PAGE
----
However, you must keep in mind that having a Blue Badge does not allow claimants to park their car anywhere; they just qualify for certain concessions in specific areas. They will still need to follow parking regulations and can get fined for breaking parking rules. Claimants need to be conscious of the fact that being a Blue Badge holder does not exempt them from Road Tax payments.
Concessions for Blue Badge holders also cover their usage of company cars. This generally happens when people with hidden disabilities such as dementia and anxiety are given company cars from their workplace. In addition to the other concessions extended under the Blue Badge scheme, these individuals will also get tax relief on their company vehicles. Employers can facilitate the process by filling out the P11D form with the correct car details.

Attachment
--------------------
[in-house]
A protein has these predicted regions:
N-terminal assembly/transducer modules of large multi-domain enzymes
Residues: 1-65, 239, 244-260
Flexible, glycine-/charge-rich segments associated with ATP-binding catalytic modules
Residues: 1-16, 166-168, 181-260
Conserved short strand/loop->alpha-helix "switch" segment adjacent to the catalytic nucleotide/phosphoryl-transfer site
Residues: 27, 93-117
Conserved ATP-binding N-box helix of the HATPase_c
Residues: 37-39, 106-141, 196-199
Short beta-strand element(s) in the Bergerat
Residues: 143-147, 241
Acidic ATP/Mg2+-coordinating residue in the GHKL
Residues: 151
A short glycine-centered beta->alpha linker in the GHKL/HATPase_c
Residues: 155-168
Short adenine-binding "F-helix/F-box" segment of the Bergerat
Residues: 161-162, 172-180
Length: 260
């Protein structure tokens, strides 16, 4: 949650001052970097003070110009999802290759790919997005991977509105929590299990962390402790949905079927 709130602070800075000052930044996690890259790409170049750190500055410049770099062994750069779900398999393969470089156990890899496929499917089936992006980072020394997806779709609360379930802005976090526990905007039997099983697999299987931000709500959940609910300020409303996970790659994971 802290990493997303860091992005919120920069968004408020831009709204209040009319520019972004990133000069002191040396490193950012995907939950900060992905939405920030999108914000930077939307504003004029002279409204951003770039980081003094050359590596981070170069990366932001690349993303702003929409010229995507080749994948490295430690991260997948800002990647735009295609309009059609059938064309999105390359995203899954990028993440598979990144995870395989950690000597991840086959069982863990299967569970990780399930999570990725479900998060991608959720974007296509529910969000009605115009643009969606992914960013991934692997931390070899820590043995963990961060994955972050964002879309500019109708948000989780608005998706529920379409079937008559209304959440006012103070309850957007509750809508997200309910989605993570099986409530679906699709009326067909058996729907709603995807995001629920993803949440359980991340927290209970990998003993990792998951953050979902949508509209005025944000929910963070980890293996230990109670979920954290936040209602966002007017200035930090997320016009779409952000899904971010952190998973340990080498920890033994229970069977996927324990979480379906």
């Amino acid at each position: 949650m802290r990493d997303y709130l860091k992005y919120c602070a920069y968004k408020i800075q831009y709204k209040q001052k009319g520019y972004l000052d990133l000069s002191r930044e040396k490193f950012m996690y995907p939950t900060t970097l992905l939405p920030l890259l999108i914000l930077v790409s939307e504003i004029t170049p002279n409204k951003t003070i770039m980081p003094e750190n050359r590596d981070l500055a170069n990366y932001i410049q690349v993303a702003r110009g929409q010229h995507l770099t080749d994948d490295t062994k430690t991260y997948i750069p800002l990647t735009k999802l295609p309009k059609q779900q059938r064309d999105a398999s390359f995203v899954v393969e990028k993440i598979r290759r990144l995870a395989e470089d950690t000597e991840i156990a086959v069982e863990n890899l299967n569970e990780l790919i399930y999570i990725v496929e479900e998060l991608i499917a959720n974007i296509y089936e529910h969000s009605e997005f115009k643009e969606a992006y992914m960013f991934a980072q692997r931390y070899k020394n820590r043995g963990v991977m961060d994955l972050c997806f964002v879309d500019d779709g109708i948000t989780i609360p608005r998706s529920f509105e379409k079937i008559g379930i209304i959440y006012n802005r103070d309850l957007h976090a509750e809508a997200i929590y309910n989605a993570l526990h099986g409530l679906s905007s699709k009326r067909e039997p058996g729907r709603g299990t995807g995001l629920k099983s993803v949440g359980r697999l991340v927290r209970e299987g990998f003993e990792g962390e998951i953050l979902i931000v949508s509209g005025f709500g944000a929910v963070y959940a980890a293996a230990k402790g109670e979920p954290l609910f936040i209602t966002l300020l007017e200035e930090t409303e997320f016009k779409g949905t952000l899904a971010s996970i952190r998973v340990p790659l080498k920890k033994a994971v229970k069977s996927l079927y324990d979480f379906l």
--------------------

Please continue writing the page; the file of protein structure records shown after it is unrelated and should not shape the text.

Blue Badge holders who find an improvement in their condition or mobility will no longer be eligible for this benefit. Therefore, they must inform their local council of the change in their condition and if need be, return the badge.
Who Is Eligible For A Blue Badge?
To qualify as a Blue Badge holder, applicants must be able to meet the below criteria:
- The claimant receives a higher rate of the mobility component of Disability Living Allowance or War Pensioner’s Mobility supplement
- The claimant has been given a sum by the Armed Forces and Reserve Forces Compensation Scheme
- The claimant is registered with a substantial and permanent disability or blindness
- The claimant gets a Personal Independence Payment with an eligible descriptor of the mobility component
- The claimant has a terminal illness that interferes with their ability to walk
- The claimant has been issued with a DS1500